“The future depends on what we do in the present.”

— Mahatma Gandhi Political ethicist and

resistance leader

One of the most difficult choices a person will have to make in his or her lifetime concerns end-of-life care. While it’s a subject that few enthusiastically embrace, it can bring about immediate peace of mind. Should it be ignored, however, it can cause immeasurable stress to grieving loved ones.

These were some of the key points made by Joplin attorney Matt Adrian while addressing dozens of Joplin-area seniors Tuesday morning about advance care planning and specifically what a person should do legally — when the moment that everyone fears and dreads suddenly arrives — to ensure their wishes are honored during hospitalization.

Estate planning, the preparation of tasks that serve to manage one’s assets, exists for two reasons, Adrian said — if a person is suddenly incapacitated or dead, or when “you are no longer able to say what you would do while everyone in the room needs to know that. So how to (effectively) communicate that before you ever get to that position is what estate planning is.”

Adrian explained what would happen to an individual or a family should estate planning be ignored. If a people do nothing, or if they “choose not to choose” and don’t fill out a detailed living will, then all decisions concerning their hard-earned assets — how they are is divided and what happens to them — will be made by strangers.

State law, Adrian said, shows in black-and-white print what exactly happens to one’s belongings should a person decide to do nothing.

“What this means is you have an estate plan (already) set for you, should you choose to do nothing. Would you like to know who has set that for you? How much do you trust your state Legislature?” The question was met by skeptical laughter. “They have chosen your estate plan, not you.”

And for the most part, it does what a person normally would do: “It tracks what you would do, it just doesn’t do it the way that you would do it, that’s for sure,” he said. “If you didn’t leave a will, the probate court still has an instruction sheet — it’s just coming from the (Missouri) Legislature.”

Plus, allowing the state to assume this responsibility means money and time — the more assets, the more state-mandated costs, and what assets do reach loved ones will take time to do so, he warned.

Bottom line: “You are beholden to someone else. Well, not you. You’re dead, remember. Your heirs, the people you left behind to inherit your stuff ... will have to follow instructions from someone other than you.”

Care and treatment

What about your care and treatment in a hospital?

“If you do nothing to prepare for your incapacity and/or disability, that time while you’re still alive but unable to help — maybe you’re under anesthesia or in a medically induced coma or on a ventilator — the Legislature’s got your back,” Adrian said. “But remember, they are the ones making the decisions about you.”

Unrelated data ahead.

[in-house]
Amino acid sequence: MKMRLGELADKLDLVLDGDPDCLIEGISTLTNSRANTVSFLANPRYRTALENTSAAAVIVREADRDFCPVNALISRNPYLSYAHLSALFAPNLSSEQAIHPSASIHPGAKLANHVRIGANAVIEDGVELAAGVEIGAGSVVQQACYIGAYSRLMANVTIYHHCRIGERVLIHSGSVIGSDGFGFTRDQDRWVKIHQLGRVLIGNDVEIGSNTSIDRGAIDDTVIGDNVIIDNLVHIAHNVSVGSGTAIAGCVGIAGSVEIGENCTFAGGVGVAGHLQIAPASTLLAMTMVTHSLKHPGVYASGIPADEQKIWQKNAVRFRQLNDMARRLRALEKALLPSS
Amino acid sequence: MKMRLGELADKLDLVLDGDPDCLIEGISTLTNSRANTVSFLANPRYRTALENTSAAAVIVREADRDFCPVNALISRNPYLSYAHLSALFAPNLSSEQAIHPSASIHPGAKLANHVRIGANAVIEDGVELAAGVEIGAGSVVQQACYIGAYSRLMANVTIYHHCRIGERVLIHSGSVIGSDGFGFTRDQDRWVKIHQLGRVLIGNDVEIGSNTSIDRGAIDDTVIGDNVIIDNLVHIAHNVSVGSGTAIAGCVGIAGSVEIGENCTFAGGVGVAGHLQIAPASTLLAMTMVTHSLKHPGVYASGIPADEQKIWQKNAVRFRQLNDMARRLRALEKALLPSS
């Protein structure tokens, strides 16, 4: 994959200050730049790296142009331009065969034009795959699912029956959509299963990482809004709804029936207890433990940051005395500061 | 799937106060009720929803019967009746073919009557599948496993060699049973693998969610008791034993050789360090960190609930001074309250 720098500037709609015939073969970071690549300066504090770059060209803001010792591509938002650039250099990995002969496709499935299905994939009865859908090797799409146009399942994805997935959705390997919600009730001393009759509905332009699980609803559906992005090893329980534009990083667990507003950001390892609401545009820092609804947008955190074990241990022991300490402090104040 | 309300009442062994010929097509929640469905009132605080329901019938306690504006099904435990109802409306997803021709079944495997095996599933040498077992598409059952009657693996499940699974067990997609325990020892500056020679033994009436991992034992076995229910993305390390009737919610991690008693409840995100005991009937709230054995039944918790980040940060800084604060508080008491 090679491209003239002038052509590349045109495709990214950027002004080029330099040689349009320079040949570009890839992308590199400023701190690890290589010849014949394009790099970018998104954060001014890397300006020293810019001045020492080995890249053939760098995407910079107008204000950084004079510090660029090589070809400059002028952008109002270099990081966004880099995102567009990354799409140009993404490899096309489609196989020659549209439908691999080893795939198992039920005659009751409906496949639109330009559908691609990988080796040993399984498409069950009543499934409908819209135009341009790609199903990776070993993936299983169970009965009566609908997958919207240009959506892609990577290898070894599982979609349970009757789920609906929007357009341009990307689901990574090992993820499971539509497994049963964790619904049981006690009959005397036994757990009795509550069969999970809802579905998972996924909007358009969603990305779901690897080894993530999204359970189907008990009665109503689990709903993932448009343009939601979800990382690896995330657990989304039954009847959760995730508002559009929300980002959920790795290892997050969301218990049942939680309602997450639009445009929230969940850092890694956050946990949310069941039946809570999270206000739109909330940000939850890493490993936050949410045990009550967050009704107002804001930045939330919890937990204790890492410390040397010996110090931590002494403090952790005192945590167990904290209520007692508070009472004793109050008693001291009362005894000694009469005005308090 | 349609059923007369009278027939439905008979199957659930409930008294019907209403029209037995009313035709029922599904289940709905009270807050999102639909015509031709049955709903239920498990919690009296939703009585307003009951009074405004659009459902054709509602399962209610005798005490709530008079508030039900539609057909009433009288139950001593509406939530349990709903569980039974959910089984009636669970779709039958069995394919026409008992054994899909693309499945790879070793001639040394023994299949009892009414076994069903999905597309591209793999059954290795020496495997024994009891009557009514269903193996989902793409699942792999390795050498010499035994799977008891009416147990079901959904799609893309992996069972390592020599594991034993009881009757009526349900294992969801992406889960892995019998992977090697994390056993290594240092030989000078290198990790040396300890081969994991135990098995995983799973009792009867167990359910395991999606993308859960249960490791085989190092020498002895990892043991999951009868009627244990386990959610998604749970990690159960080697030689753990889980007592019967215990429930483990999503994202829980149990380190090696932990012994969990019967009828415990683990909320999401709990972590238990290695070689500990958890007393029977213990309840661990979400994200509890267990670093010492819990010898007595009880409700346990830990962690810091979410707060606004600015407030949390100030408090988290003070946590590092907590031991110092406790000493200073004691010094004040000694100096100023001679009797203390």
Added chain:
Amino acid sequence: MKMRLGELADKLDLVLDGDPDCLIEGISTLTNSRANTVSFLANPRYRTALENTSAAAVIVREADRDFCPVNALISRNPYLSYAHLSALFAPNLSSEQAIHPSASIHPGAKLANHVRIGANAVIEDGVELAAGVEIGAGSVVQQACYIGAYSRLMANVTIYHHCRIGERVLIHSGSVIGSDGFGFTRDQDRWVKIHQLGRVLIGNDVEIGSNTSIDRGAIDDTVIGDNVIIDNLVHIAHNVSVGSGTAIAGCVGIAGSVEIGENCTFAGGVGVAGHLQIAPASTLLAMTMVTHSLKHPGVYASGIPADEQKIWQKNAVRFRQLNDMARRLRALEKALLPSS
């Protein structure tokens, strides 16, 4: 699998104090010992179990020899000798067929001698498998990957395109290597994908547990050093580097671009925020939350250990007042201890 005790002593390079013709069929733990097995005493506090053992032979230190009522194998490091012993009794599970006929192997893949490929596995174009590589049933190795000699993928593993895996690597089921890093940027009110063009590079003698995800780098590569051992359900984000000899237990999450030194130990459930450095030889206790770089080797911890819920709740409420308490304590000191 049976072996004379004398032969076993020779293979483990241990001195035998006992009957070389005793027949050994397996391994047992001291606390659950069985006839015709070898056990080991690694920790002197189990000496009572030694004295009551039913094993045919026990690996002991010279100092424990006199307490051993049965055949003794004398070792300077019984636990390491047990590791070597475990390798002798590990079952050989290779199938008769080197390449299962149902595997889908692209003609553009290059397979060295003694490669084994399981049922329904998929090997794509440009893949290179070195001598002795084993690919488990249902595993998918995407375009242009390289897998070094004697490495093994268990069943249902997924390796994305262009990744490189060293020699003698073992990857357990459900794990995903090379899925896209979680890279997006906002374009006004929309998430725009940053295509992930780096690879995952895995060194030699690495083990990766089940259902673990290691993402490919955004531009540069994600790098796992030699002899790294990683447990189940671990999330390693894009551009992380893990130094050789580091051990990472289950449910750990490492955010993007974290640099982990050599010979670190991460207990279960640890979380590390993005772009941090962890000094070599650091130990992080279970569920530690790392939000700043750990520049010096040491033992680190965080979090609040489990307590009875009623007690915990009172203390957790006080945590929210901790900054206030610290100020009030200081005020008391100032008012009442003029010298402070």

Adrian said people can prepare in order to ensure there are few headaches or heartaches when it comes to the division of assets, which can include houses, cars, stocks, artwork, life insurance, pensions and debt.

Adrian said it’s important for a person to have a durable power of attorney, which authorizes a trusted loved one or family member to handle various decisions on your behalf. It remains in effect even if you become incapacitated, such as through illness or accident.

These durable powers of attorney can also help you plan for medical emergencies and declines in mental functioning and can ensure that your finances are taken care of, he continued. Having these documents in place helps “eliminate confusion and uncertainty when family members have to make tough medical decisions on your behalf.”

It’s a good idea to have one in place, he said — just in case.

Another key estate planning document is a durable power of attorney for health care, or a living will.

“Sort of what you are saying is, ‘Hey, look, doctor, with all of these (health-related) decisions, I’ve got this — I’ve already made this call.’ So we’re talking end-of-life stuff now — we’re talking about feeding tubes, we’re talking about ventilators, we’re talking about just how much you would choose to have done when there’s no reasonable likelihood of a return. These are hard decisions, decisions that human beings don’t want to make about other human beings. So what we have done with this (living will) is that we have made it so you get to say, not to just the physician but you’re saying to your family members, ‘When it gets to this point, I’ve already made that decision; you don’t have to do that.’”

“These are the vehicles you use to communicate” your health care-related wishes, Adrian added.

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